So here are some thoughts on two other metaphors that I have used — “anarchistic countercurrent” and main text/margin — followed by a rethinking of the notion of a historical anarchist mainstream. And since our context is a project of “mapping our lost continent,” part of the process will be a little deeper (metaphorical) engagement with riverine geology and fluvial processes.
It should be clear that some of the metaphorical tools we develop have real, lasting explanatory power, while others are useful makeshifts, sturdy enough to get us to the next phase of things. It isn’t always clear, of course, which is which, at least until we’ve put them to practical use and compared them to alternatives. The metaphor of an undercurrent of more anarchistic anarchism and a surface current that has perhaps not always been directed by the most anarchistic of concerns was, on reflection, probably of the latter variety. It was a provocation, but also, as I have already observed, not a particularly bold one. As a way of describing my own experience, wading into the deeper waters of anarchist history, it did its work relatively well. I had, so to speak, played around in the shallows and backwaters for a long time, only rather reluctantly beginning to address the central figures of the anarchist tradition, as I had inherited it, and then, in the process, finding that the general development of anarchist didn’t conform all that closely to the general narrative that I had learned. And the tension between anarchy and anarchism had ultimately provided the key to at least the beginnings of an alternate account in which one general dynamic involved that tension in a particular persistent form.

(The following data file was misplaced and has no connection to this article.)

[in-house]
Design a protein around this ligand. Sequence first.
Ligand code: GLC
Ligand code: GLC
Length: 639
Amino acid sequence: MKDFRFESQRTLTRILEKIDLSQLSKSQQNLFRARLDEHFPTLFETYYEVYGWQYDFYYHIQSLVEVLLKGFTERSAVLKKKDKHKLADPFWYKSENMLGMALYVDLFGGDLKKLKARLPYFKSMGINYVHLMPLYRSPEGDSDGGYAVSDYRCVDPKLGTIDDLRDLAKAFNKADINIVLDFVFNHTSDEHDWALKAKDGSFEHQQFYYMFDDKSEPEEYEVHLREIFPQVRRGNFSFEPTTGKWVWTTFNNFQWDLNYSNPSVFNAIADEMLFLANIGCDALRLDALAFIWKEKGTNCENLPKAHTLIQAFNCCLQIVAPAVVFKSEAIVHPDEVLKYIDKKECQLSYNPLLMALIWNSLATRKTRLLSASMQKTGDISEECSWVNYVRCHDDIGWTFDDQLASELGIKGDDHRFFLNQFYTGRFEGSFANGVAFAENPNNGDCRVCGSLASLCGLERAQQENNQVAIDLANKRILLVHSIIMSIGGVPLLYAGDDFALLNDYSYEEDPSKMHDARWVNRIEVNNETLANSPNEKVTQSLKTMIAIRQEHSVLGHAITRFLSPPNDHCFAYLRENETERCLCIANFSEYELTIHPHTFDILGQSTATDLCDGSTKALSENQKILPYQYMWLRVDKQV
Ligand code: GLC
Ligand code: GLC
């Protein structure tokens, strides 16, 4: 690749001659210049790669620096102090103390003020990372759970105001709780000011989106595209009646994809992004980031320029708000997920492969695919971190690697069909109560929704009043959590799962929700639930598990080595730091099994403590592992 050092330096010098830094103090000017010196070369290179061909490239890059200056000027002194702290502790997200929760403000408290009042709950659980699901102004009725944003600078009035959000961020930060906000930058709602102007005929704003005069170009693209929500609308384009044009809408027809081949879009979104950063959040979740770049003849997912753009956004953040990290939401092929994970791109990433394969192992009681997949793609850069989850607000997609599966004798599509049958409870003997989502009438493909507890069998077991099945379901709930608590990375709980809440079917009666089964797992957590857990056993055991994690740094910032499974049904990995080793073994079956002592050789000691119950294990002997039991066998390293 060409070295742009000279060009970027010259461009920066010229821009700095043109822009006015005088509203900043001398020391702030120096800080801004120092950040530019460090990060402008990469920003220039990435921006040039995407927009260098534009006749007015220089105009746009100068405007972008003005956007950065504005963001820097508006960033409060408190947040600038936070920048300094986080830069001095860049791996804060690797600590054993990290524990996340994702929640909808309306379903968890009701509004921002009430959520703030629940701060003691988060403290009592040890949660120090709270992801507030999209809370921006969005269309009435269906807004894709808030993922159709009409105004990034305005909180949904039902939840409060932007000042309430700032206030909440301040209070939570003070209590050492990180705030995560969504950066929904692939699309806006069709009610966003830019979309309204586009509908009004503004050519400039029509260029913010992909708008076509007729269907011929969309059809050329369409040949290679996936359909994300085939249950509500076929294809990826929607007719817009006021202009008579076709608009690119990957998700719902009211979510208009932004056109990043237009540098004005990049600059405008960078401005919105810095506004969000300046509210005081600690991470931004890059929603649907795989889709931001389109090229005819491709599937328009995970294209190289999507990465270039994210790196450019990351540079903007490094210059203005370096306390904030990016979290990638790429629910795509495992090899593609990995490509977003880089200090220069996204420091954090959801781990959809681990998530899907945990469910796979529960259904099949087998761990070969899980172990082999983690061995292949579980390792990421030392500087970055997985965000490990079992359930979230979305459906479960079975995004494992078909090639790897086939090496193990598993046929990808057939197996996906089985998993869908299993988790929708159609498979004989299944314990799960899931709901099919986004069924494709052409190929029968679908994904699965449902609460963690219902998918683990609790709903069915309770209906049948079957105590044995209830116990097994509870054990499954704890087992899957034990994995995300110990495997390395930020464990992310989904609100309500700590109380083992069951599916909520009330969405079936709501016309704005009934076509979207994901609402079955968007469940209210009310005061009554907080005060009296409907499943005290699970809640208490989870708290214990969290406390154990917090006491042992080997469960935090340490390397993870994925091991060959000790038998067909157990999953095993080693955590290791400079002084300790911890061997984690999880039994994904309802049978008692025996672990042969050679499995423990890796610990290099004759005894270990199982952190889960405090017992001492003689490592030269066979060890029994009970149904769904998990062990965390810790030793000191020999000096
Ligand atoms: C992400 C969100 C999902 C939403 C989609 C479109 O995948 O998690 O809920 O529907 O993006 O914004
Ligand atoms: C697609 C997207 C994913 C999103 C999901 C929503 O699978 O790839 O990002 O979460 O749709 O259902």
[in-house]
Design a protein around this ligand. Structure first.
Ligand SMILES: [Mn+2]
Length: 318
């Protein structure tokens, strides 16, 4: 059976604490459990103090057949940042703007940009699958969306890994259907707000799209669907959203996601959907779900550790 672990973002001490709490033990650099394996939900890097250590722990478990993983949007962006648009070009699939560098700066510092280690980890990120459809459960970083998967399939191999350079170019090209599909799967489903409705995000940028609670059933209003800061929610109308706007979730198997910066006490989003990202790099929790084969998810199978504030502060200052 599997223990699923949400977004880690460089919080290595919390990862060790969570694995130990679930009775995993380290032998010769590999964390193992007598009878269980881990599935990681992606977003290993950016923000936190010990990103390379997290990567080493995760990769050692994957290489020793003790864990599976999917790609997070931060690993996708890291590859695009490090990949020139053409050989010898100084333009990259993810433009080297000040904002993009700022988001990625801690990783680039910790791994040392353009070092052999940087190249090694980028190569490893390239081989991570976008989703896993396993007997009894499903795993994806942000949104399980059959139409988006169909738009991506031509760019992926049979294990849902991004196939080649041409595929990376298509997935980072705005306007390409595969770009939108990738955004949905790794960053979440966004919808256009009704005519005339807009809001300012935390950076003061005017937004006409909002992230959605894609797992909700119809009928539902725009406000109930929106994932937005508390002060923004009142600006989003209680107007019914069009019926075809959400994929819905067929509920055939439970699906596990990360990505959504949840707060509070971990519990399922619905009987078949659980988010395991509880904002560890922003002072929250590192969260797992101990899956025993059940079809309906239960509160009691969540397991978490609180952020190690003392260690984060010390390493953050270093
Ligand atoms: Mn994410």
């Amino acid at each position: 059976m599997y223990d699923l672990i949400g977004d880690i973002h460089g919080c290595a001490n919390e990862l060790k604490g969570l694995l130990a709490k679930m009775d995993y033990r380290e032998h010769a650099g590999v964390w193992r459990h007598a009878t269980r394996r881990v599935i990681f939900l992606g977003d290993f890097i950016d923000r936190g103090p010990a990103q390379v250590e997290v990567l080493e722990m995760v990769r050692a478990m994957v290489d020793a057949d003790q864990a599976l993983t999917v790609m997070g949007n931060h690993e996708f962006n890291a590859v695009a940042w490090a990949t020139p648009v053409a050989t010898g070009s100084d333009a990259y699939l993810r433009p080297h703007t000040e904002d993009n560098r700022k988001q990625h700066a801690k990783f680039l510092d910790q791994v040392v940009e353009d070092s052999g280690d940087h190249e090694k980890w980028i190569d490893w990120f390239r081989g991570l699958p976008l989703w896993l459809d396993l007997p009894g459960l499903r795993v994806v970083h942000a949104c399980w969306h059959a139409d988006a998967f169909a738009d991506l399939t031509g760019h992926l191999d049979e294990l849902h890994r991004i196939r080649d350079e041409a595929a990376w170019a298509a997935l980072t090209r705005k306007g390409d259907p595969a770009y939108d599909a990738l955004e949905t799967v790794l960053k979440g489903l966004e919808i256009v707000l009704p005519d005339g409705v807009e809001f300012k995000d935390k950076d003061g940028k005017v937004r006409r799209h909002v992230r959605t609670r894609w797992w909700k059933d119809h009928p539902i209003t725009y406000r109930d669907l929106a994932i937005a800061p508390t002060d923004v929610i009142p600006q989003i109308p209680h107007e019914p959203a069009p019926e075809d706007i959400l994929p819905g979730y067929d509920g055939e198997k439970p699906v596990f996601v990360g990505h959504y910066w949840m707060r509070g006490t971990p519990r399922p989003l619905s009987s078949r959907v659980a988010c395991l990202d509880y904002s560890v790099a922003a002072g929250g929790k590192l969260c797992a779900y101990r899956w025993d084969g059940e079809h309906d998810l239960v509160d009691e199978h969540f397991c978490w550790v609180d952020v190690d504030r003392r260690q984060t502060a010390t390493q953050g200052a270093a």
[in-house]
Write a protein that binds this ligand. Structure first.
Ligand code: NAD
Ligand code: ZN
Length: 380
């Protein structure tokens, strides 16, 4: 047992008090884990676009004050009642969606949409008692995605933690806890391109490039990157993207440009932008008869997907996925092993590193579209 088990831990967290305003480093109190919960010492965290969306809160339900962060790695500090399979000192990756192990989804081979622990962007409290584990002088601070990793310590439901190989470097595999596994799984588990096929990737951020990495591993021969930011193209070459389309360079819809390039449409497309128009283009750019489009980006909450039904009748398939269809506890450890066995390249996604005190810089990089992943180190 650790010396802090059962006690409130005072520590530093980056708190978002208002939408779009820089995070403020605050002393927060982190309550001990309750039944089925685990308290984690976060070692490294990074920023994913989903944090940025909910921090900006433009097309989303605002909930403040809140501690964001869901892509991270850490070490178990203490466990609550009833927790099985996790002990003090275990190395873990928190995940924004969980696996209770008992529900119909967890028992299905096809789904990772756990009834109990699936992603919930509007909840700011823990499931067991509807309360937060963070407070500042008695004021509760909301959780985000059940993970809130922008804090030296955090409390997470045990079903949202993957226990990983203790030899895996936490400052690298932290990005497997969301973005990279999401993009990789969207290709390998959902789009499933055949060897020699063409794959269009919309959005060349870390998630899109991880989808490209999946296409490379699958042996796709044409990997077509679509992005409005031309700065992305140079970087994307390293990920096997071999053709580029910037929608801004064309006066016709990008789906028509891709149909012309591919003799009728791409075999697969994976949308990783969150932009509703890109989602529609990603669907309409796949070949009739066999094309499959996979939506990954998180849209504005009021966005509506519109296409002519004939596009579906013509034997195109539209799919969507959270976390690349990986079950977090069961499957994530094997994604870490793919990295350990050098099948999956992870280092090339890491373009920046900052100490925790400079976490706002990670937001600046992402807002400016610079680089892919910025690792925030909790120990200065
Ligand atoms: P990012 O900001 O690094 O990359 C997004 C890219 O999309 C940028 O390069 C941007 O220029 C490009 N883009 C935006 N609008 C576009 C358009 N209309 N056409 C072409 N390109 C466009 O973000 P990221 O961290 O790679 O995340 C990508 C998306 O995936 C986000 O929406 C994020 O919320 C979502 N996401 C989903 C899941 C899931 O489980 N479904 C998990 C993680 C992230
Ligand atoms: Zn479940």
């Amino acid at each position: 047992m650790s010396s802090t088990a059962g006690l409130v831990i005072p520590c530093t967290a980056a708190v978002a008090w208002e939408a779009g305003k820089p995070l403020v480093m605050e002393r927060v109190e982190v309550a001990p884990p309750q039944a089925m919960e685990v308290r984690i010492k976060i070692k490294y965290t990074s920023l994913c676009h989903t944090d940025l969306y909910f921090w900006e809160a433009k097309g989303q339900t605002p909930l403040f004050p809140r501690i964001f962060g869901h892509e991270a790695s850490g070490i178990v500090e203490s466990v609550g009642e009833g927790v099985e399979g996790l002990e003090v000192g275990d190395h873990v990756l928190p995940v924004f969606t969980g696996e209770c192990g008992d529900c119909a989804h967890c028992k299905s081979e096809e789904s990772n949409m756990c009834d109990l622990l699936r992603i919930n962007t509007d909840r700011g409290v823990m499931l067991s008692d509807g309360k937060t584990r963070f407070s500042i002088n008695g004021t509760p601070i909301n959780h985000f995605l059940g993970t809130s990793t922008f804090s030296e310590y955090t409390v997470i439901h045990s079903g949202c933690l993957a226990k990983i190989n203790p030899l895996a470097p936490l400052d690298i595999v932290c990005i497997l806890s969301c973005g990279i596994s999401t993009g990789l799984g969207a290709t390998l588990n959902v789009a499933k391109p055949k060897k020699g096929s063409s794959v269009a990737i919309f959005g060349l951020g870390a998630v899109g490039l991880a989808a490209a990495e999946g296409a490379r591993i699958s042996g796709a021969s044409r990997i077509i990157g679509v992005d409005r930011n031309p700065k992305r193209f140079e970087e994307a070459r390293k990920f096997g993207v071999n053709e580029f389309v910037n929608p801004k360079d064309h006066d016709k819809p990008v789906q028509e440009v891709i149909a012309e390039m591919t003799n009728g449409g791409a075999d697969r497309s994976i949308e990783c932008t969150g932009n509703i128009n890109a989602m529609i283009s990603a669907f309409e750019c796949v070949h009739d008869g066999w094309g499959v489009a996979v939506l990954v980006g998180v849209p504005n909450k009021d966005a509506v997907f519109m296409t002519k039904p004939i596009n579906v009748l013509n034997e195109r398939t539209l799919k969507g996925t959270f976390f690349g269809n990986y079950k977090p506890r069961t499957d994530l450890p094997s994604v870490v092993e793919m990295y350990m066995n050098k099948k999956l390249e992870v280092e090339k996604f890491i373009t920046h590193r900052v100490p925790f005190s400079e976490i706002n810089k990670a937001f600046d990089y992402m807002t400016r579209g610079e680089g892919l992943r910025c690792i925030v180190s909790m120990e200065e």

I think that there are, however, two fairly significant problems with the narrative. First, it involves an association of the essential and the hidden that I have learned, with what I think are good reasons, to mistrust. It is, for example, the association made when critics of anarchism latch onto the worst paragraph in Proudhon’s Carnets in order to ward off an engagement with Proudhon’s theory—or even anarchist theory—in general, on the grounds that there is a revealed truth in that paragraph that necessarily colors and ultimately negates everything else in the larger body of work. Sometimes, of course, important clues to a body of work are indeed hidden, whether intentionally or otherwise, but we discover these cases by careful analysis, not by granting some broadly occult significant to what may simply be striking anomalies. And the appeal to the hidden is, I think, no more persuasive when it takes the form of an invocation of the unrecorded opinions and priorities of the masses.